Global Privacy Control Endorsed by California AG – Next Steps
In late January, California’s Attorney General (AG) tweeted about the use of the new Global Privacy Control (GPC), informing California consumers that on certain browsers they can use GPC as a “stop selling my data switch” to exercise their right to opt out of the sale of their personal information (PI) in one step – rather than on an individual site basis. As the GPC is not yet a finalized standard, it remains uncertain as to when the AG’s office will begin enforcing the GPC, but the tweet provides some insight into how the OAG views this issue.
Opt-Out of Sale Methods
The California Consumer Privacy Act’s (CCPA) broad definition of “sell” includes the sharing of PI for any exchange of value, which arguably encompasses the sharing of information with third parties in relation to on-site advertising cookies and similar tracking technologies. Title 11, Cal. Code Regs § 999.315(a) (CCPA regulation § 999.315(a)), establishes that a business must provide two or more designated methods for submitting requests to opt out of sales.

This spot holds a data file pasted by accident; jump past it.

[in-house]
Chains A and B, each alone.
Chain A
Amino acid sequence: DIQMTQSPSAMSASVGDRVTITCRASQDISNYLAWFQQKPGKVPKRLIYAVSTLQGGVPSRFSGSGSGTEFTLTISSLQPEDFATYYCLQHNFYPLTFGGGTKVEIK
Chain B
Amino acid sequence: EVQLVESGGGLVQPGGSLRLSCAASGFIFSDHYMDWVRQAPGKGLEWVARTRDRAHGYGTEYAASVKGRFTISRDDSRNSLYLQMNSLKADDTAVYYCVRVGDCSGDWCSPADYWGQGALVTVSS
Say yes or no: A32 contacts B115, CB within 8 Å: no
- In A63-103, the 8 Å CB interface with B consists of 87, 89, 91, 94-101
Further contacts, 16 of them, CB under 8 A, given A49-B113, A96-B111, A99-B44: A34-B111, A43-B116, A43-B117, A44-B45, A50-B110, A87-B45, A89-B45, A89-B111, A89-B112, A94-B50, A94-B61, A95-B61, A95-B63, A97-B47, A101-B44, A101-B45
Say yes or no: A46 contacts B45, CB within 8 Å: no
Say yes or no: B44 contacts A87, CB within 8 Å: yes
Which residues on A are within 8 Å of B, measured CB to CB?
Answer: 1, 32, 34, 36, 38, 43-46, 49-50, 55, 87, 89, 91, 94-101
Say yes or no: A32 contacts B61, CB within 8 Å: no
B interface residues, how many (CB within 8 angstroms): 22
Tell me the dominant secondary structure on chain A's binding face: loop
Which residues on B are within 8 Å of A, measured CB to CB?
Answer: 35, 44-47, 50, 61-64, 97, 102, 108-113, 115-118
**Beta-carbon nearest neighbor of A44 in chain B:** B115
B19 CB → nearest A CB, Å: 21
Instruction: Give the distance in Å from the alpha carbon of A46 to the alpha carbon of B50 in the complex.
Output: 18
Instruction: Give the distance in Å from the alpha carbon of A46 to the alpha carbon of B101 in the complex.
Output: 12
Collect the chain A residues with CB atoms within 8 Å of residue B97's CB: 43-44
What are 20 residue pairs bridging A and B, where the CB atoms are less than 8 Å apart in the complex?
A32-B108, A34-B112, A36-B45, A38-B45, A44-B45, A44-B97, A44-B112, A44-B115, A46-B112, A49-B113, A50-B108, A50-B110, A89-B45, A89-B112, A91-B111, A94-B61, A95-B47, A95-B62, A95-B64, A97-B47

In addition to the required “Do Not Sell My Personal Information” (DNSMPI) link, the rule provides that other possible opt-out methods include an opt-out web form, a designated toll-free phone number or email address, and “user-enabled global privacy controls, such as a browser plug-in or privacy setting, device setting, or other mechanism, that communicate or signal the consumer’s choice to opt-out of the sale of their [PI].” Section 999.315(c) goes further in stating that if a business collects PI from a California resident online, “the business shall treat user-enabled privacy controls” as a valid opt-out of sale request.